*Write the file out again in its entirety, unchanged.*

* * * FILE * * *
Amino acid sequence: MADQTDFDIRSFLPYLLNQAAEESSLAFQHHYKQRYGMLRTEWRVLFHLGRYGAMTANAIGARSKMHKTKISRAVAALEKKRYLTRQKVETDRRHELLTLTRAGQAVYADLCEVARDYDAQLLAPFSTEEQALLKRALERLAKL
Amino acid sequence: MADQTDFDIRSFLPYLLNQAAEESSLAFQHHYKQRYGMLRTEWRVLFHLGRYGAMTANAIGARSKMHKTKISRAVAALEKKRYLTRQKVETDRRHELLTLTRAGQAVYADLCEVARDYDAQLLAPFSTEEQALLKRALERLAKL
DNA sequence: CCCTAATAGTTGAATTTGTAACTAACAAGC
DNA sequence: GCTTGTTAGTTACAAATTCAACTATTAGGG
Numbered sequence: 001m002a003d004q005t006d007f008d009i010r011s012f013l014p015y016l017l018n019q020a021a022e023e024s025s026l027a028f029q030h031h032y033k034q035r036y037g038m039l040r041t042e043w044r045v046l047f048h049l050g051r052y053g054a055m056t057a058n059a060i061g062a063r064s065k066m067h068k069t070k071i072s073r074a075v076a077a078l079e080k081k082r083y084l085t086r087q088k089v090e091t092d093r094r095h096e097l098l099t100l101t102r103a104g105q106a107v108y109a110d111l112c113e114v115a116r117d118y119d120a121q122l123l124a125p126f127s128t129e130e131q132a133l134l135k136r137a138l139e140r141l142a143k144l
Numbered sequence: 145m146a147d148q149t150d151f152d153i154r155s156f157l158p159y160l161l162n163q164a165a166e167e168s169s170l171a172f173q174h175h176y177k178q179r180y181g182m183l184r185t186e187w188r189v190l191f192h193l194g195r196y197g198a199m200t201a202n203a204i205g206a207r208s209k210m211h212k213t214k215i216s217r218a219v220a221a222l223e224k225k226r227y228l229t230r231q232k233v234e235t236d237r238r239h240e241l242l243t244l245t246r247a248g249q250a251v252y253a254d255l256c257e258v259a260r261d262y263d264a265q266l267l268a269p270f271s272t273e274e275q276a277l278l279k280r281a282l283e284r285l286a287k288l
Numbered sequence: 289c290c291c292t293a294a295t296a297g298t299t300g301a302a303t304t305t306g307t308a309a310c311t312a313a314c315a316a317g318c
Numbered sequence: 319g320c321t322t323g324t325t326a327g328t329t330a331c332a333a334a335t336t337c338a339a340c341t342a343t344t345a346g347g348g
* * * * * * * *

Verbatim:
Amino acid sequence: MADQTDFDIRSFLPYLLNQAAEESSLAFQHHYKQRYGMLRTEWRVLFHLGRYGAMTANAIGARSKMHKTKISRAVAALEKKRYLTRQKVETDRRHELLTLTRAGQAVYADLCEVARDYDAQLLAPFSTEEQALLKRALERLAKL
Amino acid sequence: MADQTDFDIRSFLPYLLNQAAEESSLAFQHHYKQRYGMLRTEWRVLFHLGRYGAMTANAIGARSKMHKTKISRAVAALEKKRYLTRQKVETDRRHELLTLTRAGQAVYADLCEVARDYDAQLLAPFSTEEQALLKRALERLAKL
DNA sequence: CCCTAATAGTTGAATTTGTAACTAACAAGC
DNA sequence: GCTTGTTAGTTACAAATTCAACTATTAGGG
Numbered sequence: 001m002a003d004q005t006d007f008d009i010r011s012f013l014p015y016l017l018n019q020a021a022e023e024s025s026l027a028f029q030h031h032y033k034q035r036y037g038m039l040r041t042e043w044r045v046l047f048h049l050g051r052y053g054a055m056t057a058n059a060i061g062a063r064s065k066m067h068k069t070k071i072s073r074a075v076a077a078l079e080k081k082r083y084l085t086r087q088k089v090e091t092d093r094r095h096e097l098l099t100l101t102r103a104g105q106a107v108y109a110d111l112c113e114v115a116r117d118y119d120a121q122l123l124a125p126f127s128t129e130e131q132a133l134l135k136r137a138l139e140r141l142a143k144l
Numbered sequence: 145m146a147d148q149t150d151f152d153i154r155s156f157l158p159y160l161l162n163q164a165a166e167e168s169s170l171a172f173q174h175h176y177k178q179r180y181g182m183l184r185t186e187w188r189v190l191f192h193l194g195r196y197g198a199m200t201a202n203a204i205g206a207r208s209k210m211h212k213t214k215i216s217r218a219v220a221a222l223e224k225k226r227y228l229t230r231q232k233v234e235t236d237r238r239h240e241l242l243t244l245t246r247a248g249q250a251v252y253a254d255l256c257e258v259a260r261d262y263d264a265q266l267l268a269p270f271s272t273e274e275q276a277l278l279k280r281a282l283e284r285l286a287k288l
Numbered sequence: 289c290c291c292t293a294a295t296a297g298t299t300g301a302a303t304t305t306g307t308a309a310c311t312a313a314c315a316a317g318c
Numbered sequence: 319g320c321t322t323g324t325t326a327g328t329t330a331c332a333a334a335t336t337c338a339a340c341t342a343t344t345a346g347g348g